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A video port is hardware on a display device that enables direct access to a surface within the frame buffer, bypassing the CPU and PCI bus. Direct frame buffer access makes it possible to efficiently play live or recorded video without creating noticeable load on the CPU. Once in a surface, an image can be displayed on the screen as an overlay, used as a Direct3D texture, or accessed by the CPU for capture or other processing. The following paragraphs provide general information about the components that make up the technology and how they work.
In a machine equipped with a video port, data in a video stream can flow directly from a video source through a video decoder and the video port to the frame buffer. These components often exist together on a display adapter, but can be on separate hardware components that are physically connected to one another. An example of this data flow is provided in the following illustration.
In the scope of video-port technology, a video source is strictly a hardware video input device, such as a Zoom Video port, MPEG codec, or other hardware source. These sources broadcast signals in a variety of formats, including NTSC, PAL, and SECAM through a physical connection to a video decoder.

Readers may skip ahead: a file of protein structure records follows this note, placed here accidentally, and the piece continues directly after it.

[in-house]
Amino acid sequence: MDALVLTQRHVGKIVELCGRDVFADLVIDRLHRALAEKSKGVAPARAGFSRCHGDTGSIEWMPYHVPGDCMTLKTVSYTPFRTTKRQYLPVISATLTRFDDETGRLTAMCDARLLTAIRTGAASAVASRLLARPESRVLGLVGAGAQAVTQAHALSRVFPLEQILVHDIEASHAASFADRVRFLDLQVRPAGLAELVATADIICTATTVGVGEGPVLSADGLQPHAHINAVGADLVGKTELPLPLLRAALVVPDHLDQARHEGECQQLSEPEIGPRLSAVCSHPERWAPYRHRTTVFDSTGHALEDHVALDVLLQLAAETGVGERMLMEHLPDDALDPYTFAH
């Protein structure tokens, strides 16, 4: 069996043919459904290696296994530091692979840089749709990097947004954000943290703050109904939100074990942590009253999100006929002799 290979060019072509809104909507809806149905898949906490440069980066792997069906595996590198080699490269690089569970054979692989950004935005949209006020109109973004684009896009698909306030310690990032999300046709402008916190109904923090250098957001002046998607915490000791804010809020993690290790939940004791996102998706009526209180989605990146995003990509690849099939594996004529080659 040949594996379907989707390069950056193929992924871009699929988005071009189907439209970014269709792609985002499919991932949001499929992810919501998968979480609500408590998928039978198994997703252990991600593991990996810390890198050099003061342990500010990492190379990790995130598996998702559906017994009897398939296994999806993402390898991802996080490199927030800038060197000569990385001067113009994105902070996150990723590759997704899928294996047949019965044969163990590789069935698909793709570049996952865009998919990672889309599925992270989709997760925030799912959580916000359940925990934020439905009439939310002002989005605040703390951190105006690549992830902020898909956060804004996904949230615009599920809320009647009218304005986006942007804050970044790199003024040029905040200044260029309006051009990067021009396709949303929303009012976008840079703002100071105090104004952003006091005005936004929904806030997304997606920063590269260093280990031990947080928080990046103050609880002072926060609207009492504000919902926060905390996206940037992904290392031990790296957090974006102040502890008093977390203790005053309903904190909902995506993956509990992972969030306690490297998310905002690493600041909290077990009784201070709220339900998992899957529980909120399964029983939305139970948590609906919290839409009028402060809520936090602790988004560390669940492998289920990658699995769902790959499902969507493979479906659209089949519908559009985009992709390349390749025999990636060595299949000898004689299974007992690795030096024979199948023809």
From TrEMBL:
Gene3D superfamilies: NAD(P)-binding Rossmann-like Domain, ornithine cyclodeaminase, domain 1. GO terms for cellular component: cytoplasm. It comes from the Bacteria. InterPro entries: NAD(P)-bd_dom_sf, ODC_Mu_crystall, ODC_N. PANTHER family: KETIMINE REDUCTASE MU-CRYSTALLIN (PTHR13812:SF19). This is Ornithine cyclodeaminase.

A video decoder is also a hardware component. The video decoder's job is to decipher the information provided by the video source and send it to the video port in an agreed upon connection format. The decoder possesses a physical connection to the video port, and exposes its services through a stream class minidriver. The decoder is responsible for sending video data and clock and sync information to the video port.
Like the other components in the data flow path, the video port is a piece of hardware. The video port exists on the display adapter's VGA chip and has direct access to the frame buffer. It receives information sent from the decoder, processes it, and places it in the frame buffer to be displayed. During processing, the video port can manipulate image data to provide scaling, shrinking, color control, or cropping services.
The frame buffer accepts video data as provided by the video port. Once received, applications can programmatically manipulate the image data, blit it to other locations, or show it on the display using an overlay (the most common use).
Last updated on Tuesday, May 18, 2004